Inspired to help kids recognize danger signs of bullying
Wendy Walker began the Get Real Community 12 years ago when she found that bullying was a chief factor in why youth take their lives.
Published Wednesday, November 23, 2016 12:03PM MST
Last Updated Thursday, November 24, 2016 2:49PM MST
After seeing a major increase in the rate of suicide among young people in Alberta, a Calgary woman decided that enough was enough and people need to ‘Get Real’ about the situation.
Wendy Walker has been working with teens ever since she conducted a study 12 years ago. In that work, she found bullying was a huge problem for young people, but it was only the tip of the iceberg.
“I think kids bully for a lot of reasons,” Walker said. “One of them is because they’re feeling alone, they’re feeling hurt [or] they’re doing whatever, so they lash out and then it becomes a bigger problem and then they want to commit suicide.”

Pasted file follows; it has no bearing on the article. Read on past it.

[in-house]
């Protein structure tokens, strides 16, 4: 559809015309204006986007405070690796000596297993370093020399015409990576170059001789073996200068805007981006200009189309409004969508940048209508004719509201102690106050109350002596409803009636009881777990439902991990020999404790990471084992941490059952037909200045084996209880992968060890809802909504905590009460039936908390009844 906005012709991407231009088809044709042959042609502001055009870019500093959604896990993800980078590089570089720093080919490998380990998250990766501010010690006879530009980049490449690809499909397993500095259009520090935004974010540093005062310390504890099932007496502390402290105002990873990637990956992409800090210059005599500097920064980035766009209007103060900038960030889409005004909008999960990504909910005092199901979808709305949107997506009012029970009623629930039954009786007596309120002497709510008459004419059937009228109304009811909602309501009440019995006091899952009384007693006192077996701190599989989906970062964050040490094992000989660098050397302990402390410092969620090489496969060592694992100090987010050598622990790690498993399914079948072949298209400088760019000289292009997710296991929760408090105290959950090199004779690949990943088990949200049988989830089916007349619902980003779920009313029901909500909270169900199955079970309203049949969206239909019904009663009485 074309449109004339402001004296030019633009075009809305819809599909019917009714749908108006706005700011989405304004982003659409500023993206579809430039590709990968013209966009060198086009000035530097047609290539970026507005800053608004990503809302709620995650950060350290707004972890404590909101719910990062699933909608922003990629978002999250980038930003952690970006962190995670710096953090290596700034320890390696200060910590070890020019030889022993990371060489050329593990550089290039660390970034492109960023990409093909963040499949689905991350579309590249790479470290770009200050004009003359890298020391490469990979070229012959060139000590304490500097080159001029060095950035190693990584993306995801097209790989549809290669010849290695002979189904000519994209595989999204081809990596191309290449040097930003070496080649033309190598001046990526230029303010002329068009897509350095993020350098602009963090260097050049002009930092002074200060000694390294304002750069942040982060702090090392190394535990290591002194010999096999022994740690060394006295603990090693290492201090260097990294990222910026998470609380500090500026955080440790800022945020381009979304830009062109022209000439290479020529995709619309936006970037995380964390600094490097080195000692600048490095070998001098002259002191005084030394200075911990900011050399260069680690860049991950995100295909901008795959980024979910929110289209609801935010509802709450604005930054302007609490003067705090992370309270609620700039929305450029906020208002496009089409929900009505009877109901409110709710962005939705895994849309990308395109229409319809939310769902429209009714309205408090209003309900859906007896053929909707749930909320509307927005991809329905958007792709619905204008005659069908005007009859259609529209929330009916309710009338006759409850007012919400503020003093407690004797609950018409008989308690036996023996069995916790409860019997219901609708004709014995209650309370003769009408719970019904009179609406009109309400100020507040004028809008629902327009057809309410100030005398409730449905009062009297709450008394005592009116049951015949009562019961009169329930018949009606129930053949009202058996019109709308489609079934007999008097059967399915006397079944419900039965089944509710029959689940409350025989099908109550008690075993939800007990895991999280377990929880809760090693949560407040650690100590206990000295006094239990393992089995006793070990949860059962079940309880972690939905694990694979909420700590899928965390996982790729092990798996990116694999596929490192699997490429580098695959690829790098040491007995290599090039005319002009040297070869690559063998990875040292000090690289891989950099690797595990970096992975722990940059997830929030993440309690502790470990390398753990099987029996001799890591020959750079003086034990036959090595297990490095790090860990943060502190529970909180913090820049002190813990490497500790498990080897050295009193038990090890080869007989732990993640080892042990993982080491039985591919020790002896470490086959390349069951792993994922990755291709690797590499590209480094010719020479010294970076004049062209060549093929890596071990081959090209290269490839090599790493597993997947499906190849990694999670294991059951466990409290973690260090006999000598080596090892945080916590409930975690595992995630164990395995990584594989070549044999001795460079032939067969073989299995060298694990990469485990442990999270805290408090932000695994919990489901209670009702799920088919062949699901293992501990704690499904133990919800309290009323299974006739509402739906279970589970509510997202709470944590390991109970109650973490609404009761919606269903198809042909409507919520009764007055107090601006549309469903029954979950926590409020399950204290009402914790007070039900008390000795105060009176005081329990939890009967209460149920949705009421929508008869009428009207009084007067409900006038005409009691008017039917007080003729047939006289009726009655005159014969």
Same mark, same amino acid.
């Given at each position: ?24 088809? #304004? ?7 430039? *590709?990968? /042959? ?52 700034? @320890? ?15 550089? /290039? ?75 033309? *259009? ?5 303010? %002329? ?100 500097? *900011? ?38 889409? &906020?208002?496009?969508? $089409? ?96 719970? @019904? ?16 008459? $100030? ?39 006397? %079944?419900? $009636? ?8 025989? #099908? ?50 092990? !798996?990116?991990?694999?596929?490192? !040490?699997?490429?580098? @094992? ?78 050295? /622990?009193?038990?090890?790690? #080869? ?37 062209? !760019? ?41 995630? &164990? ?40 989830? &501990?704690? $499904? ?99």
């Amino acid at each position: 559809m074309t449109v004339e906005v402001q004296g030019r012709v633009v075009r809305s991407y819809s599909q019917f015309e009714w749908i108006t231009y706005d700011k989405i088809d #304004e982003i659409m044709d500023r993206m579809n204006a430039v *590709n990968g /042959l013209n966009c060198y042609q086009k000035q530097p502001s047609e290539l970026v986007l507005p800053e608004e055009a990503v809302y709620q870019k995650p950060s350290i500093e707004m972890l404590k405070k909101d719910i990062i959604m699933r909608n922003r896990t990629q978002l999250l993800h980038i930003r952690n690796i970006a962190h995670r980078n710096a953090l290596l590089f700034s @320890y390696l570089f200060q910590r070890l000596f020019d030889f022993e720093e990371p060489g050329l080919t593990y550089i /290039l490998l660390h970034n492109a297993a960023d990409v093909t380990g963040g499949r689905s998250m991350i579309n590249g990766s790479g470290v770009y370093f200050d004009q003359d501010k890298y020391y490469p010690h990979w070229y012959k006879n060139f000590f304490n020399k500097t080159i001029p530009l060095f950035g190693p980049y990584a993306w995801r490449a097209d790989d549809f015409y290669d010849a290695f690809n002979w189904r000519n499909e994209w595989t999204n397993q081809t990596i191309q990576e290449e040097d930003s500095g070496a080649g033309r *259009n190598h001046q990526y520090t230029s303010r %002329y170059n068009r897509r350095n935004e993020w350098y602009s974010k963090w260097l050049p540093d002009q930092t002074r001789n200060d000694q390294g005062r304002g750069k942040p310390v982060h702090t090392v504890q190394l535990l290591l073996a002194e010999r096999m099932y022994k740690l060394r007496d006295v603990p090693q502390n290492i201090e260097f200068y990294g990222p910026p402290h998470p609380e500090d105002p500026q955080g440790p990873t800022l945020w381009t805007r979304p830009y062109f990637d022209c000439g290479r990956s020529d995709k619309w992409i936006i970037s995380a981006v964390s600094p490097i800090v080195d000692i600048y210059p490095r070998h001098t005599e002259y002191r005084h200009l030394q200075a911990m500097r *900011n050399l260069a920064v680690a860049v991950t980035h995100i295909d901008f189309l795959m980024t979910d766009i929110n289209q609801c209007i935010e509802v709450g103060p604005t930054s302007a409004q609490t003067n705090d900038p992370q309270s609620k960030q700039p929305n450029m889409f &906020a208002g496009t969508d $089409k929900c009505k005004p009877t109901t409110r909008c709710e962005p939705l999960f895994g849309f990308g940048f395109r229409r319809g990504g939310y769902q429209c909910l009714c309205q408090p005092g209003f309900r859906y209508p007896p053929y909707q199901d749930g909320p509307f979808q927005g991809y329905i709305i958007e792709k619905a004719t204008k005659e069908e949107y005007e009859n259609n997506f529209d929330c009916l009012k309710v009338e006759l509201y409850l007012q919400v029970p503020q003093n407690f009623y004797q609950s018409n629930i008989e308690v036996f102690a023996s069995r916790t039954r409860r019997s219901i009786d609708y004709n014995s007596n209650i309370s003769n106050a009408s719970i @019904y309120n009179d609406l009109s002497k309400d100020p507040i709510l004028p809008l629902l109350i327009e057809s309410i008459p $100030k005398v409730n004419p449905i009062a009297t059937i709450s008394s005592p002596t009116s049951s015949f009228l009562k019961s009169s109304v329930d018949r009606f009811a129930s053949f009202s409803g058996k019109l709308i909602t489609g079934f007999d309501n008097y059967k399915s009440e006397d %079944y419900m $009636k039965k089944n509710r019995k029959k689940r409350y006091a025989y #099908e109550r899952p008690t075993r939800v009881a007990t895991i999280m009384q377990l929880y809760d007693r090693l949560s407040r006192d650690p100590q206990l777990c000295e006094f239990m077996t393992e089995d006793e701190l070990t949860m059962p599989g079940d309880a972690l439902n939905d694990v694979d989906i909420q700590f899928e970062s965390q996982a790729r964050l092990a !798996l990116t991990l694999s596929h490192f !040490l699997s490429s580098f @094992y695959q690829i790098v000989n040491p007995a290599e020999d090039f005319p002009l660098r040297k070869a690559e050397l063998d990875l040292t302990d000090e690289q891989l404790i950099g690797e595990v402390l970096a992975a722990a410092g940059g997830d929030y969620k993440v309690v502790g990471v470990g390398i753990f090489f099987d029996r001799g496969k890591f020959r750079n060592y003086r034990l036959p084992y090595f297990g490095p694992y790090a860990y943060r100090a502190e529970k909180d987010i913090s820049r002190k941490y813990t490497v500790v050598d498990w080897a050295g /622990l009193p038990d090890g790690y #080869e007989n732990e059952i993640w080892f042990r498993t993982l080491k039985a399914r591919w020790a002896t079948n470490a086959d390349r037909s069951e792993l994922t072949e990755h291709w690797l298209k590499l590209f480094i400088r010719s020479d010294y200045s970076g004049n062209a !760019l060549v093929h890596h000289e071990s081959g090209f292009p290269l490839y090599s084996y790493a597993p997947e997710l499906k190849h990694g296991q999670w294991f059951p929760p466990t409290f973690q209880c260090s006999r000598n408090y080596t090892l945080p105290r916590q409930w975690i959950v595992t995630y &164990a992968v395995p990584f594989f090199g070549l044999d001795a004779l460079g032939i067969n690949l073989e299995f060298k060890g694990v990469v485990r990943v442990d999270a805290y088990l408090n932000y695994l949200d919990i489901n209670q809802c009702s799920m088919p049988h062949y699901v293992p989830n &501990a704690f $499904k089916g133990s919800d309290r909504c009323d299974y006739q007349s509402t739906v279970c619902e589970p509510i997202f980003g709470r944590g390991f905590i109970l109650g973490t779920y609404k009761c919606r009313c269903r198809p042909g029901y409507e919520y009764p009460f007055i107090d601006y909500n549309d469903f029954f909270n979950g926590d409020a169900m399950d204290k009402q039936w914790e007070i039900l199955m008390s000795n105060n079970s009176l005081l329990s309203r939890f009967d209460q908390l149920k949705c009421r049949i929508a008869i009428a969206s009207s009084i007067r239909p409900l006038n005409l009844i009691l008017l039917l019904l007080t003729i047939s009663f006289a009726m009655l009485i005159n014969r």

Walker then created the Get Real Community to help kids work through any issues that they may have.
Administrators with the organization, like Janet Marr, the chair of the board, say it helps all students.
“It covers all areas of their life and their ambitions and their issues and it is something that is all encompassing and reveals just what kids are going through and lets them know that they’re not the only ones.”
The community engages students in a number of light activities that involve volunteers from the local high school and adults from the community.
Lisa Free, a psychologist, then conducts some deeper activities such as ‘Cross the Line’.
In it, students are read a series of sentences and, if the description applies to them, they are told to cross the line.
Don Rattray, principal of Sylvan Lake’s Fox Run School, says the activity and the day itself helps students recognize issues they or their classmates could be facing.
“Before we do Get Real, we have a lot of conversations with students who have trouble grasping why one of their fellow students might be having a hard time or a rough day. After Get Real, it’s a lot easier for them to understand.”
Walker says her program is making a difference and she has already experienced some of the results, even from the very first day.
“He came that day and he said he was actually thinking of committing suicide that day and he came up to us at the end of the day and he hugged us all and said ‘thank you, you saved my life.’”
For all the young people who’ve been helped through the Get Real program, Wendy Walker is our Inspired Albertan this week.